Our German Shepherd is most definitely an outdoor dog and his bed looks into our family room where he oversees his "girls'. He loves our little Cavaliers so much and woe betide the idiot who would try to take one of his ladies!!

They are the only thing of 'value' in this house were a burgular to break in.

post-27253-0-34376000-1326093351_thumb.jpg

Edited by LizT

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You don't necessarily have to teach them to open the fridge ;)

LOL!!

Edited by persephone

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LizT   
You don't necessarily have to teach them to open the fridge ;)
<br style="color: rgb(34, 34, 34); font-family: verdana, tahoma, arial, sans-serif; line-height: 18px; background-color: rgb(238, 242, 247); ">

LOL!!

I think something got lost in translation! :laugh:

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:( no.. was LOLing at the utube clip.

My puter insists on putting all that code stuff in when I quote anything .:o I didn't get back to clean it up, sorry. edited now .

Edited by persephone

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LizT   

:( no.. was LOLing at the utube clip.

My puter insists on putting all that code stuff in when I quote anything .:o I didn't get back to clean it up, sorry. edited now .

LOL that could stop being "cute"after a while!! :laugh:

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Another big issue these days is that so many people have not grown up with dogs. When I was a kid nearly everyone had a dog and you grew up knowing the basics of dog behaviour so knew what to expect as you reared a puppy. Everyone owned or knew a dog that destroyed things, an escape artist, a barker, etc so they knew that dogs sometimes did all these things.

With so many immigrants from non doggy countries and children being raised in high density housing, a lot grow up with no idea how dogs act and think. Then they go out and buy a puppy and attempt to try to raise by the book but the books contradict each other. Personally I don't think anyone should rear a puppy if they have never lived with a dog before. Better to get an adult that has some basic training to learn about dogs before attempting to raise a puppy. A few people manage to get raising their first dog from a puppy right, but so many just have no idea and it is the puppies that suffer.

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LizT   

Another big issue these days is that so many people have not grown up with dogs. When I was a kid nearly everyone had a dog and you grew up knowing the basics of dog behaviour so knew what to expect as you reared a puppy. Everyone owned or knew a dog that destroyed things, an escape artist, a barker, etc so they knew that dogs sometimes did all these things.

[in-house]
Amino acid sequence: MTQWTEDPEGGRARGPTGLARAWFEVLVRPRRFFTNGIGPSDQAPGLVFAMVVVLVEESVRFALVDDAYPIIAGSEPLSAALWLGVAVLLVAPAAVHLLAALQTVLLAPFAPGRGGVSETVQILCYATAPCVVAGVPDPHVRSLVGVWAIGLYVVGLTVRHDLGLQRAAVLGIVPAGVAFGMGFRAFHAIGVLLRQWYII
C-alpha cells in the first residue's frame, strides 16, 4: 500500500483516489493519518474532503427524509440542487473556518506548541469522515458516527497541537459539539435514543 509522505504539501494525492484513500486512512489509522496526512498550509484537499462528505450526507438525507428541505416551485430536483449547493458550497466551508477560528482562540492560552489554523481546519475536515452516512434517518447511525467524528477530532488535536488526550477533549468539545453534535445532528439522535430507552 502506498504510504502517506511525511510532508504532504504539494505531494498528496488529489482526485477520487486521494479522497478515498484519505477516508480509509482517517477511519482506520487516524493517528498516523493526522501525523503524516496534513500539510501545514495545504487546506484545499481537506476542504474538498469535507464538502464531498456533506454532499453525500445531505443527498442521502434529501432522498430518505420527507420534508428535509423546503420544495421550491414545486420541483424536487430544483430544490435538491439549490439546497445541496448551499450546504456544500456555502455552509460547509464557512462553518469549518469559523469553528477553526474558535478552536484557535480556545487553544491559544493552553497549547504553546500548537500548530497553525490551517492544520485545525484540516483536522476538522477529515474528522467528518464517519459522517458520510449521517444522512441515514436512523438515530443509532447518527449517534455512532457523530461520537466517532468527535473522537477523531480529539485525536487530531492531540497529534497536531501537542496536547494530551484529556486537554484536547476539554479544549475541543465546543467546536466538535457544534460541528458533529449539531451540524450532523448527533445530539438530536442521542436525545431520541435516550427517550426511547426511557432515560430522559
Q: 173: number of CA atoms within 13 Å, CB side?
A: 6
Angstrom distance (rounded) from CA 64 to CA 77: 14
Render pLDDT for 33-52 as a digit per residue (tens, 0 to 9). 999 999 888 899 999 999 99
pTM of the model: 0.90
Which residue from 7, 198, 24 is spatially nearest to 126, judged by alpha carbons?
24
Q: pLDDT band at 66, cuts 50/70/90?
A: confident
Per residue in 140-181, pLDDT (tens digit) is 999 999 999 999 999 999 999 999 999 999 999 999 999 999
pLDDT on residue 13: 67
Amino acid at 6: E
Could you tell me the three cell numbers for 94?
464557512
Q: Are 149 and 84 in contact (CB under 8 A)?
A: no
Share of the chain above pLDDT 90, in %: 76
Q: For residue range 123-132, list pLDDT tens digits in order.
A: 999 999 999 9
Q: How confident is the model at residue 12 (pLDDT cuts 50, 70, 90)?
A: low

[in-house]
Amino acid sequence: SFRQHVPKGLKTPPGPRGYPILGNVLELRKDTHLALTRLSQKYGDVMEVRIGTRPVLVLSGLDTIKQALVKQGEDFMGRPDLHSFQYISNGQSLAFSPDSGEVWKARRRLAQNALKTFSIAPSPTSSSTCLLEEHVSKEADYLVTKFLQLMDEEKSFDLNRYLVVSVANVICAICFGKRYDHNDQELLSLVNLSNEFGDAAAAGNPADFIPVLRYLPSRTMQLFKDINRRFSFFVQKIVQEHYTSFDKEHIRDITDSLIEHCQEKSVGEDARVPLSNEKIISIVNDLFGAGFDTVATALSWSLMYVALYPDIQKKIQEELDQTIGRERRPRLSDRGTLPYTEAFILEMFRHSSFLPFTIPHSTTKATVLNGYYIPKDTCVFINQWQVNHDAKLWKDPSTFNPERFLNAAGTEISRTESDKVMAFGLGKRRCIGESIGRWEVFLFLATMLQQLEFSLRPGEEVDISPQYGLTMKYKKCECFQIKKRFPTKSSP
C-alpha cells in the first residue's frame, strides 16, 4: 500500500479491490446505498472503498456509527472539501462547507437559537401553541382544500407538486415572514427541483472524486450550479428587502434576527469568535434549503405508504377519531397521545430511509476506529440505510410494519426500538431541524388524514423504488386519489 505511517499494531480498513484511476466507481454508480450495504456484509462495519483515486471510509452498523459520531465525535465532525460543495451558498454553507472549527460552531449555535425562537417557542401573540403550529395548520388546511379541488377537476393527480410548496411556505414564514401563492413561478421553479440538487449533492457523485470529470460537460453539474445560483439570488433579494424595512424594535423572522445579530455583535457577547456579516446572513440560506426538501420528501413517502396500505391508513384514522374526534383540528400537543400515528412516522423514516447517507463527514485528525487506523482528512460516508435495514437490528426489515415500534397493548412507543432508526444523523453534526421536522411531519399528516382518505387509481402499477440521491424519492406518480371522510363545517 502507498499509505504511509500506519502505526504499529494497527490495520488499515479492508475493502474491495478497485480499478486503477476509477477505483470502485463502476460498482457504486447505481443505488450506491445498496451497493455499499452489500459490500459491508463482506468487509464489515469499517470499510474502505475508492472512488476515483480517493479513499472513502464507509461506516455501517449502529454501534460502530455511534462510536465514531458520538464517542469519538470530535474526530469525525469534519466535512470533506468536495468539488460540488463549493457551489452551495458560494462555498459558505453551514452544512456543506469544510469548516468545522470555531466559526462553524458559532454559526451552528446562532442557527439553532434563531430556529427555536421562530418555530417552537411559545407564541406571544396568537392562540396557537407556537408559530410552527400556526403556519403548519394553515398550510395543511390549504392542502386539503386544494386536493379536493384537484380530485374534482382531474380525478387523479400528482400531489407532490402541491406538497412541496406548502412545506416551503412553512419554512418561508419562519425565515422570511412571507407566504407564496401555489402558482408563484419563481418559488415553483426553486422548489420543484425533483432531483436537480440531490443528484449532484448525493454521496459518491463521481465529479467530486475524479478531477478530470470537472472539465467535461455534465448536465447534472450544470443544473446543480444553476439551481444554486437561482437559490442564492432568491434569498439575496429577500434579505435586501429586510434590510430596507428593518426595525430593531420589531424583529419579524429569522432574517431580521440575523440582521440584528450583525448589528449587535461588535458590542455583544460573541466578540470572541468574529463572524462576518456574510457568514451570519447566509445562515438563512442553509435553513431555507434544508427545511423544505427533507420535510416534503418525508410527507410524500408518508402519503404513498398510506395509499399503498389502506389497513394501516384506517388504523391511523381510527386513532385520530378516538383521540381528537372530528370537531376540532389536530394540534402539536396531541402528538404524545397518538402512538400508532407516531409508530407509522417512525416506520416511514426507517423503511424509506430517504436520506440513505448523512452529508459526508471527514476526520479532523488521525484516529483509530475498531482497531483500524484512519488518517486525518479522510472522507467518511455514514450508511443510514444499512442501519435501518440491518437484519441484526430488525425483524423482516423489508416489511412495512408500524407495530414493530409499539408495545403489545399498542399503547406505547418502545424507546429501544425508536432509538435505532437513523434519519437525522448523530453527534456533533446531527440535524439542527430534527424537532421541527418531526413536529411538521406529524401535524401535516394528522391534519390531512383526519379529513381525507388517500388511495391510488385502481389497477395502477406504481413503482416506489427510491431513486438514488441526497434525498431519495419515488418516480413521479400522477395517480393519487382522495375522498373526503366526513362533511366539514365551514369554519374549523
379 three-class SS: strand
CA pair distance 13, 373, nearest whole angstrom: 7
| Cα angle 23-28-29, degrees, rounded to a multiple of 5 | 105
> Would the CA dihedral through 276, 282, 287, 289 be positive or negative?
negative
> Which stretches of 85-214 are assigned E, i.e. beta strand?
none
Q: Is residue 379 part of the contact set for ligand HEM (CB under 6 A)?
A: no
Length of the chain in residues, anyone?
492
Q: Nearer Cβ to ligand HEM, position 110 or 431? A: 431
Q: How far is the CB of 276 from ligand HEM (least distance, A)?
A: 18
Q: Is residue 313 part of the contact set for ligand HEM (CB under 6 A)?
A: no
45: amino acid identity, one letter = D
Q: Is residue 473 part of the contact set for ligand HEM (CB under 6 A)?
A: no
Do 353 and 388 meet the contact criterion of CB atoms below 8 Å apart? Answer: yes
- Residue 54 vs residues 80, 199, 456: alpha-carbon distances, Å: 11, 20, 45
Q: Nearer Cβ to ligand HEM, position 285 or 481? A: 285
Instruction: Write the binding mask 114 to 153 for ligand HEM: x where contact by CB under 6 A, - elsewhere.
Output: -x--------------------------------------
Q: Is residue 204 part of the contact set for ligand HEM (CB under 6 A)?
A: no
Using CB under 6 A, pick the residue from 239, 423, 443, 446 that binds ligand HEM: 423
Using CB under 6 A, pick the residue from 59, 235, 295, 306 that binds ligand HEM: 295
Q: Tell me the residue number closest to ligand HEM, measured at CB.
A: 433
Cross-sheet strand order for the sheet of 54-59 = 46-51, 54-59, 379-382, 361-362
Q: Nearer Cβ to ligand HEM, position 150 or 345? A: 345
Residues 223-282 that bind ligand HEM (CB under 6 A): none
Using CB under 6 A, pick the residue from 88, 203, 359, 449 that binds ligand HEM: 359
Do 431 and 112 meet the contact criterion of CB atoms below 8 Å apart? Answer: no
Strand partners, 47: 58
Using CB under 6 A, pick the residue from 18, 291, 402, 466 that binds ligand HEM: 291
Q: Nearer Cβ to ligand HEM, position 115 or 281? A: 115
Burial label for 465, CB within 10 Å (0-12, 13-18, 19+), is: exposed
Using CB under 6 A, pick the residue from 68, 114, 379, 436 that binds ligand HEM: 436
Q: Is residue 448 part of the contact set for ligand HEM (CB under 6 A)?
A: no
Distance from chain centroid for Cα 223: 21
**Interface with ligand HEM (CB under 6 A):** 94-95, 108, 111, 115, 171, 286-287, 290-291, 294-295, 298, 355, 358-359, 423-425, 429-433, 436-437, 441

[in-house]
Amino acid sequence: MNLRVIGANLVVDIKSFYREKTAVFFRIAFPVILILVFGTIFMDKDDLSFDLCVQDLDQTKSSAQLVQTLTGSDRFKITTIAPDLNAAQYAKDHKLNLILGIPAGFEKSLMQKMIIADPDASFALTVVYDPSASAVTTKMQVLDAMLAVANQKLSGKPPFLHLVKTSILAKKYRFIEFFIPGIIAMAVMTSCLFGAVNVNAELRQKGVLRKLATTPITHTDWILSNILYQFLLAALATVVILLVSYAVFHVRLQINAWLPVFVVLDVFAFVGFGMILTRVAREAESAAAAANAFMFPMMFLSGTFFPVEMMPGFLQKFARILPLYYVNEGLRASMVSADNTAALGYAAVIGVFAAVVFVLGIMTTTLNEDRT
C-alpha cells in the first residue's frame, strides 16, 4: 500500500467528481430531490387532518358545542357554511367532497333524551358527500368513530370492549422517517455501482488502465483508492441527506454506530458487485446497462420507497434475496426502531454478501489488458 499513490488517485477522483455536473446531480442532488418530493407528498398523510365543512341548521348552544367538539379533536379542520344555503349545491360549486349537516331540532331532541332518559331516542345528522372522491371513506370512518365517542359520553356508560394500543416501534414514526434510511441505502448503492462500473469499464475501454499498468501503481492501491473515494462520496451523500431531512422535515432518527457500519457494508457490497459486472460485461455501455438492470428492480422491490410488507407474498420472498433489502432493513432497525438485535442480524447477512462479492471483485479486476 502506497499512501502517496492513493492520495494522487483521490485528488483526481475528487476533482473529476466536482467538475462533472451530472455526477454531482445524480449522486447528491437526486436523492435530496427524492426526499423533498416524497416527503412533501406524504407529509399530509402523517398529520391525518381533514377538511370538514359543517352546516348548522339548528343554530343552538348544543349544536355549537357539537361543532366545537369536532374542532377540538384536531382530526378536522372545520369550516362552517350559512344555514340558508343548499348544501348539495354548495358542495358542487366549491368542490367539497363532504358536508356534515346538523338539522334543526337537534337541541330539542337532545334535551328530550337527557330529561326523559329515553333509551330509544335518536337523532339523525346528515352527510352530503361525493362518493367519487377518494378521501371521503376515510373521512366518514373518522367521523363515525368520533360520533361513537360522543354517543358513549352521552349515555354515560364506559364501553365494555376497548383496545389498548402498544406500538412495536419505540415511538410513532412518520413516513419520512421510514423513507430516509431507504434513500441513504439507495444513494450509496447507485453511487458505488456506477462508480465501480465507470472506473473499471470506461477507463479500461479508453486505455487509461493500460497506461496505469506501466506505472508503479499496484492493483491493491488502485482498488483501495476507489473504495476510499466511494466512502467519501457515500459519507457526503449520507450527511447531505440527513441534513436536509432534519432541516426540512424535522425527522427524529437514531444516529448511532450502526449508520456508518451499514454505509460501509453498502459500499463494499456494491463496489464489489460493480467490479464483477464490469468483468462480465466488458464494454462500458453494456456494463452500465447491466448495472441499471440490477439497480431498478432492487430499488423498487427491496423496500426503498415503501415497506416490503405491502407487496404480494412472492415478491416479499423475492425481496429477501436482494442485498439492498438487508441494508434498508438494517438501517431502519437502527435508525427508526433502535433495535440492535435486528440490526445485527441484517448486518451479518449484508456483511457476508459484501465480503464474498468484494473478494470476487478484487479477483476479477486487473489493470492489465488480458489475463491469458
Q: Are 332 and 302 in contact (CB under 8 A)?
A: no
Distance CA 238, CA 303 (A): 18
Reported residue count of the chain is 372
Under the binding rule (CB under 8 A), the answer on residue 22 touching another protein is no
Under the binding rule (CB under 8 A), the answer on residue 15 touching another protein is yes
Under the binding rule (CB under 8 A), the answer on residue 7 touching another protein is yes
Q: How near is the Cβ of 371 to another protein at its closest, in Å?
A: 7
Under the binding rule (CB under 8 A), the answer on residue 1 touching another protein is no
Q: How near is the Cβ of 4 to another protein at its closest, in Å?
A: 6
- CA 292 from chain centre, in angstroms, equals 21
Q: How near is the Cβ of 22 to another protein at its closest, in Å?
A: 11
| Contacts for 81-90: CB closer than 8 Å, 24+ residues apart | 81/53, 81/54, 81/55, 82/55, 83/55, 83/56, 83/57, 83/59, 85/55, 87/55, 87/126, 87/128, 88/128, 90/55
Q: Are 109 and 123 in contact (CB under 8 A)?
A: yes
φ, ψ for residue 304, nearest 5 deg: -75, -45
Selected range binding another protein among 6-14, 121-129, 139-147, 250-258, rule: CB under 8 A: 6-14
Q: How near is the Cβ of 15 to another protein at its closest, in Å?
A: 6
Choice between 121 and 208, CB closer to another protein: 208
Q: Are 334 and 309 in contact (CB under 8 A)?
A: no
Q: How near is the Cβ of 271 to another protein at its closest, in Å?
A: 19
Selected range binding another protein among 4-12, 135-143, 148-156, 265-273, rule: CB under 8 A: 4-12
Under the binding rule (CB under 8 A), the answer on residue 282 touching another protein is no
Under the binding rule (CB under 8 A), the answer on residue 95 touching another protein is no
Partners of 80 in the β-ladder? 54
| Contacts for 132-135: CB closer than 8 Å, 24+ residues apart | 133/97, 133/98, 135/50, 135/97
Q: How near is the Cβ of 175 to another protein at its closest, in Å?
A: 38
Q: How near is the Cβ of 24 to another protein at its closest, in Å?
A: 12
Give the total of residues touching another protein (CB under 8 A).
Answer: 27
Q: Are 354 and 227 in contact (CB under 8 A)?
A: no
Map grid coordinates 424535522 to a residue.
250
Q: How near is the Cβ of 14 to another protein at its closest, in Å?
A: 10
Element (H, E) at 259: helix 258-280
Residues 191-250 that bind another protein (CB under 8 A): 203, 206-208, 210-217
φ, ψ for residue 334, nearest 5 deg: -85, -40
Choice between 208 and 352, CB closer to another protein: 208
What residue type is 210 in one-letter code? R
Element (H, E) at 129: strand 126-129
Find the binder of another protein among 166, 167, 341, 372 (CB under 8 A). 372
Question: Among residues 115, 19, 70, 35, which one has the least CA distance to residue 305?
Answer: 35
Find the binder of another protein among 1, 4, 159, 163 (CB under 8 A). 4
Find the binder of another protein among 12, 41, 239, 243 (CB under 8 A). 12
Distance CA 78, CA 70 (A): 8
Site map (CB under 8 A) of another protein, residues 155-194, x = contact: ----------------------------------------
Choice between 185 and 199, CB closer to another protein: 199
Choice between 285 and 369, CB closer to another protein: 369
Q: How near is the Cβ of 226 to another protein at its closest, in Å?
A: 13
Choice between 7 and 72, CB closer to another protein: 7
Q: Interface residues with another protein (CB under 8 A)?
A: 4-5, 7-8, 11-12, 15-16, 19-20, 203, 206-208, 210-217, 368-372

With so many immigrants from non doggy countries and children being raised in high density housing, a lot grow up with no idea how dogs act and think. Then they go out and buy a puppy and attempt to try to raise by the book but the books contradict each other. Personally I don't think anyone should rear a puppy if they have never lived with a dog before. Better to get an adult that has some basic training to learn about dogs before attempting to raise a puppy. A few people manage to get raising their first dog from a puppy right, but so many just have no idea and it is the puppies that suffer.

You have just described the first miserable failed attempts of my parents (immigrants and WW2 survivors) for whom dog ownership was neither practical or possible during their childhood years.

So when attempting to give their children a puppy, unsuitable breeds were purchased from unscrupable people who gave little information about the dog except that it would grow too big. My parents learnt the hard way big puppy feet meant big dog!! :eek: So when eventually they decided to adopt a small adult terrier everything was wonderful...until of course the poor dog (which came from a Lost Dogs Home) came down with Distemper and had to be PTS. :cry:

It wasn't until their dogmad eldest daughte became a teenager and read, and read and talked to people and learnt everything she could get her hands on about dogsthat they had their first real success with a Miniature Poodle. Yes, she even learnt to save money and to go and buy from a registered breeder. The parents too learnt and forty years later they have had many years of happy dog ownership and the next generation are all responsible dog owners.

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I don't think anyone should rear a puppy if they have never lived with a dog before.

A bit extreme when one considers that people have babies & have not lived with them before.

Single children or chinese people where they only have one child don't know what its like living with a baby.

The other point is that someone may have lived with a family dog & it was slung in the backyard & many caring & training things not done so they think this is how dogs live because its what they were taught. Rub its nose in it if it makes a mess is a typical example of old fashioned ignorance & some people still do it :mad

Many first time owners are great, willing to learn & care & not all are nervous wrecks without a clue.